Stephen Jory

'Lavender Hill Mob' counterfeiter
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The Independent Online

Stephen Jory, counterfeiter and writer: born London 24 November 1949; married (one son, one daughter); died Stow cum Quy, Cambridgeshire 5 May 2006.

Stephen Jory was Britain's most prolific counterfeiter. Over the years he made and lost fortunes and was what police would describe as an "old school" villain. Born in Hackney in 1949 and brought up in north London, after leaving Owen's grammar school in Islington Jory entered the criminal fraternity, he said, through his "own choice".

He gained notoriety during the 1970s as a pioneer of the fake perfume industry in Britain. Using a business approach to crime, he organised the bottling, packaging and distribution of fake Chanel No 5 in secret factories across London. He bribed a leading perfumer for the recipes to some of the world's most famous scents and, with his cohorts, went on to produce approximately five million bottles of fake perfume. They had even set up a factory in Acapulco in Mexico before they were arrested. In 1985 Jory was jailed for what the newspapers at the time described as a "£300m international perfume fraud".

After several spells in prison for perfume offences, Jory moved up the criminal ladder and began to make money, literally. He bought a printing press and set about creating a clandestine mint in the garage of a large house in a secluded part of Essex. After initial problems (the watermark of the Queen on the first batch of notes appeared to show her with a beard), the operation became extremely successful.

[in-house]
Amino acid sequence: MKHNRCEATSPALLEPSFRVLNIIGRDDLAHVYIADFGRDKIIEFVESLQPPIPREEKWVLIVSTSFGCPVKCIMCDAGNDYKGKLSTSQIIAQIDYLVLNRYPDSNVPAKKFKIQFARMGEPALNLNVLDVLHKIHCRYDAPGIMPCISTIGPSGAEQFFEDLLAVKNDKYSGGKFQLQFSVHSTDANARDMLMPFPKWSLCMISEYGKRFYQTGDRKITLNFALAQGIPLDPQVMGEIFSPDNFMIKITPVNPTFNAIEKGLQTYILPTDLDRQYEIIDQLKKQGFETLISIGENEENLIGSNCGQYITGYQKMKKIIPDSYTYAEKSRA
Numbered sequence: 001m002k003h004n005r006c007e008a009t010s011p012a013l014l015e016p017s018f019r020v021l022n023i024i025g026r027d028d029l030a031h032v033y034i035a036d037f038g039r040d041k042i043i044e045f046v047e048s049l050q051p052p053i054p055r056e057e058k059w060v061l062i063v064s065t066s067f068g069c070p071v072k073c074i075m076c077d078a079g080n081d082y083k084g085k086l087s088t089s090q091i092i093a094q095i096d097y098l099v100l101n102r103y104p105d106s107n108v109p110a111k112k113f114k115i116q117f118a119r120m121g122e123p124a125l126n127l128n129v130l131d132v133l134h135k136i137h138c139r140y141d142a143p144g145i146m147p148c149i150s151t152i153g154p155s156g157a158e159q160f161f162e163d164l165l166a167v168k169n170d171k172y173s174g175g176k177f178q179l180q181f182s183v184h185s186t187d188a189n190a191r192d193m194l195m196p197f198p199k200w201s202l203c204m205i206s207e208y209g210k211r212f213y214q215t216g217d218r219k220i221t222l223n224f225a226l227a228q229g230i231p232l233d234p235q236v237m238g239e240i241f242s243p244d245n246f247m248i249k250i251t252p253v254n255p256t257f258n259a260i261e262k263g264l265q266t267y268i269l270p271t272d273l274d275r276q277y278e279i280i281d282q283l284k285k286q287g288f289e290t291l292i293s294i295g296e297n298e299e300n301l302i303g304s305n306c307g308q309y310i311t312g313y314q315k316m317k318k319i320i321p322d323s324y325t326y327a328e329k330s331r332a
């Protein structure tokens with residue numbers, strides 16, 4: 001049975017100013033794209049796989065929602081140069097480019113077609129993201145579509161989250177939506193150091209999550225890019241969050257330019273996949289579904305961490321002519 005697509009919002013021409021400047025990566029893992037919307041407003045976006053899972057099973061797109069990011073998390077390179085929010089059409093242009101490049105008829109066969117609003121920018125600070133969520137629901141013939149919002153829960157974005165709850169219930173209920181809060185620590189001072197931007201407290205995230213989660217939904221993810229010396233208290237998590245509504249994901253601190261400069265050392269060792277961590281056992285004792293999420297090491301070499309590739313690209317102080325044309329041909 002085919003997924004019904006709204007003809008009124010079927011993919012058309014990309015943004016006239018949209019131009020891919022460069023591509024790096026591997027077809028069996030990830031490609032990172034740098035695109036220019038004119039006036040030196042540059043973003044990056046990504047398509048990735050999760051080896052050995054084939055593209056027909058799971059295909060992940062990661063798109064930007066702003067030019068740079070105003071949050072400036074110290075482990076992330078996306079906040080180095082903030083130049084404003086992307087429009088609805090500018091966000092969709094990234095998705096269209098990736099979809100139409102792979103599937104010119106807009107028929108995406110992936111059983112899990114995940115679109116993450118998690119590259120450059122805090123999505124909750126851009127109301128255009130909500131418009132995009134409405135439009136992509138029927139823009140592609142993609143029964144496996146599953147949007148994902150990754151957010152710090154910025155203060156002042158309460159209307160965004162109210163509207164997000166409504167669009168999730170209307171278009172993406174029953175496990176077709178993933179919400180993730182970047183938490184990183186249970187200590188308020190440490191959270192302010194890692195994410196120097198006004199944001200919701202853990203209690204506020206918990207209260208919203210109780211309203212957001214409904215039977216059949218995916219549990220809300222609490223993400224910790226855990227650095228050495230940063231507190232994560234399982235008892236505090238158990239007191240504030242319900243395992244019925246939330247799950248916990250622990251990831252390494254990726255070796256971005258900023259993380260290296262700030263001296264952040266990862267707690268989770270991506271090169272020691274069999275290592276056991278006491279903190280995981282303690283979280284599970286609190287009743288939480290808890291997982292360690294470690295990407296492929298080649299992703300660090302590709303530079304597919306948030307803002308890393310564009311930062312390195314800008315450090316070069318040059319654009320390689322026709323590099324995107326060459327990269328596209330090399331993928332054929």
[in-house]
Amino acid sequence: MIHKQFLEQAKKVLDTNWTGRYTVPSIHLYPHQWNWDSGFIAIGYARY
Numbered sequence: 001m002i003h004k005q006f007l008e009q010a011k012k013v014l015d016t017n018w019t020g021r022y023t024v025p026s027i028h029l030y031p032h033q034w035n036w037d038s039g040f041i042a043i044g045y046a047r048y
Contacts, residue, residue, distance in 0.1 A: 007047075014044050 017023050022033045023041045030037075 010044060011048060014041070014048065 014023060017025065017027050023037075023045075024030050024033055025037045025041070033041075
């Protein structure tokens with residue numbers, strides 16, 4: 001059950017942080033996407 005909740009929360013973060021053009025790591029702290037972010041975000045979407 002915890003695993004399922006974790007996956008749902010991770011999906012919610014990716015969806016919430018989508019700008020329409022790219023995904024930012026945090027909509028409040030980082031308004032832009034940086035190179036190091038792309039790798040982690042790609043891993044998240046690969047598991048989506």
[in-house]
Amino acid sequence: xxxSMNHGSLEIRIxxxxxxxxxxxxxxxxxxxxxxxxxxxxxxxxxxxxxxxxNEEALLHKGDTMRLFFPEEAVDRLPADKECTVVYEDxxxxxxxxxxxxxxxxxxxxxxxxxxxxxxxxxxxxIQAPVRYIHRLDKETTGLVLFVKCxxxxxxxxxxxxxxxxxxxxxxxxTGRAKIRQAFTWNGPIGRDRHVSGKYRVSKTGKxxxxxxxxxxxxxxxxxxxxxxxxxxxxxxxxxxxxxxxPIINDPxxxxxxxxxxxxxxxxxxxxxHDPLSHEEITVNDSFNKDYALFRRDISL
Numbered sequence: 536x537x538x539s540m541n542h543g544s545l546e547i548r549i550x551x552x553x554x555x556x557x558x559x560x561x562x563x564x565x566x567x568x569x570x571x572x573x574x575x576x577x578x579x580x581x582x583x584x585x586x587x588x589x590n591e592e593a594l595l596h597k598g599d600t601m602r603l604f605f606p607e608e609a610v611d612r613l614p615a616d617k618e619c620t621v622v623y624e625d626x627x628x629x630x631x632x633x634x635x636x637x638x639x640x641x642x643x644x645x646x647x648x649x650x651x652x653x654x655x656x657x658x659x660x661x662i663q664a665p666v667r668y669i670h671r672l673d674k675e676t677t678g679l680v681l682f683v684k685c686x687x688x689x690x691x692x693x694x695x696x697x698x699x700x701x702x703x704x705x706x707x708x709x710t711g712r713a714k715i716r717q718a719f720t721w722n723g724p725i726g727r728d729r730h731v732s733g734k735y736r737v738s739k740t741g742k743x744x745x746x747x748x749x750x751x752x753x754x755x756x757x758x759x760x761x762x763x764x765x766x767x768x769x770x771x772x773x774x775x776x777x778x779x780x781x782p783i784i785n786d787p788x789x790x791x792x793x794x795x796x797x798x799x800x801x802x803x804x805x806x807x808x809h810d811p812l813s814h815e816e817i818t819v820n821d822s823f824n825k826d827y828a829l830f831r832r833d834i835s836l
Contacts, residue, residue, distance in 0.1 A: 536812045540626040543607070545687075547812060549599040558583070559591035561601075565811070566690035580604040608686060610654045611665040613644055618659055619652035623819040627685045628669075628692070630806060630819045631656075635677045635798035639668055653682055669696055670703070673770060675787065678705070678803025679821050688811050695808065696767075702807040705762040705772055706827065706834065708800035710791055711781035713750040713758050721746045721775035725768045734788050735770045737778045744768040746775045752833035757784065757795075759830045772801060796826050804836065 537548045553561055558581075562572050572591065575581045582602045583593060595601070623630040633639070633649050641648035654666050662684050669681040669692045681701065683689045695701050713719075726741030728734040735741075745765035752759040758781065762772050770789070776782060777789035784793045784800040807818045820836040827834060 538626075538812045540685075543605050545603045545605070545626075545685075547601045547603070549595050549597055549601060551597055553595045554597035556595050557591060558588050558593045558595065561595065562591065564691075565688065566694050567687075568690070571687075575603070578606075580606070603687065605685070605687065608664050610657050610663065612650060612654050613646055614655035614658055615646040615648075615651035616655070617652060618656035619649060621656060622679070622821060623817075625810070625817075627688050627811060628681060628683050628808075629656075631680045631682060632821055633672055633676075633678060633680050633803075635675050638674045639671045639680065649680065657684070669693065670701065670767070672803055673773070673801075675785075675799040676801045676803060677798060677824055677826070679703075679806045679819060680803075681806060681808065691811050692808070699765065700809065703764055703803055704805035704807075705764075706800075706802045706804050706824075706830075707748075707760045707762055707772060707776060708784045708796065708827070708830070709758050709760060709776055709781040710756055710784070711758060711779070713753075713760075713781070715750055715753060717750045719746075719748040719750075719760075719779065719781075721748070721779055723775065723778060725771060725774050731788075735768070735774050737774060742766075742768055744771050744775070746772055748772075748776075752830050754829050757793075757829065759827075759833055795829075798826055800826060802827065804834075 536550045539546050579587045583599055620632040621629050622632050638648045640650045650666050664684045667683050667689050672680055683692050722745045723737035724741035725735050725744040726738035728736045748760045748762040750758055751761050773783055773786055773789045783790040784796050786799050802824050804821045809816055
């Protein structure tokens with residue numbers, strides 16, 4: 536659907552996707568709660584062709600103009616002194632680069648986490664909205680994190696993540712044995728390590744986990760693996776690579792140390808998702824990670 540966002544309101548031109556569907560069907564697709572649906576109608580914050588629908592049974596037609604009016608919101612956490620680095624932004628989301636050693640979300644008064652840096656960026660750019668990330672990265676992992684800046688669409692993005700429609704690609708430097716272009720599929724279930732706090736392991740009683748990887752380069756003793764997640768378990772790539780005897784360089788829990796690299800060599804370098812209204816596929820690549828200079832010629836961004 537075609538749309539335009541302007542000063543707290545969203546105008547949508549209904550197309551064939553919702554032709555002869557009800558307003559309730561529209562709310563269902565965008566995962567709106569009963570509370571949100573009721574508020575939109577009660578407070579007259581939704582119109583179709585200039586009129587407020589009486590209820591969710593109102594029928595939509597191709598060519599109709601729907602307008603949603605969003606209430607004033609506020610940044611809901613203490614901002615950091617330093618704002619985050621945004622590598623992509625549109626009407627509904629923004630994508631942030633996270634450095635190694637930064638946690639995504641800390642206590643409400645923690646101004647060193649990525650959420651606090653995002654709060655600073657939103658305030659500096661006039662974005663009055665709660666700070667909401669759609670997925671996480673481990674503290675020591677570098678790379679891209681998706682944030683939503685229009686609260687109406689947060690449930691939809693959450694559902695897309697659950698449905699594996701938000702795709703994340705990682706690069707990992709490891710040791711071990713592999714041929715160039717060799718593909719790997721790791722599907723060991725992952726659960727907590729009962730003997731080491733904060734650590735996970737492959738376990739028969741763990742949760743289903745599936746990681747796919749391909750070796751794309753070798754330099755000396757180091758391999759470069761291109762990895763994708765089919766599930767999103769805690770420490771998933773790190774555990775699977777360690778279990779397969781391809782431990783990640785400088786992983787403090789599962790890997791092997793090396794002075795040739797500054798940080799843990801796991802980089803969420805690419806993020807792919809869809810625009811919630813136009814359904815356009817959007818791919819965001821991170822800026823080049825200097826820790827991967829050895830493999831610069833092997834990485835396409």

Jory and his accomplices had already flooded Britain with fakes when in 1998 the police caught the gang whom they had nicknamed the "Lavender Hill Mob". Although Jory admitted to a charge of having produced £50m-worth of counterfeit £20 notes, the real figure is probably much higher - his notes were so convincing that they fooled UV counterfeit detectors and in some places were redistributed through the banking system. After his incarceration, the Bank of England was forced to change the design of the twenty-pound note in order to add extra security features.

Whilst on remand at HMP Winchester, Jory began writing an autobiography, which was published first as Funny Money in 2002 and in paperback in 2005 as Loadsamoney: the true story of the world's largest ever counterfeiting ring. It was not his first book - during a previous spell in prison he had written a novel called Supergrass, which he printed through his own Pirate Publications.

At the time of his death, he was working on a novel about his exploits in fake perfume, to be entitled "The Perfume Pirate" and had just finished writing a film script based on Funny Money.

I met Stephen Jory while I was making the Channel 4 programme Loadsamoney, part of a series called "Behind the Crime" broadcast in 2004. Steve came across as a lovable rogue and although he often lived outside the law, even the police officers I interviewed for the programme had a grudging respect for his abilities. He doted on his children and had an amusing anecdote for every occasion.

Tom Willis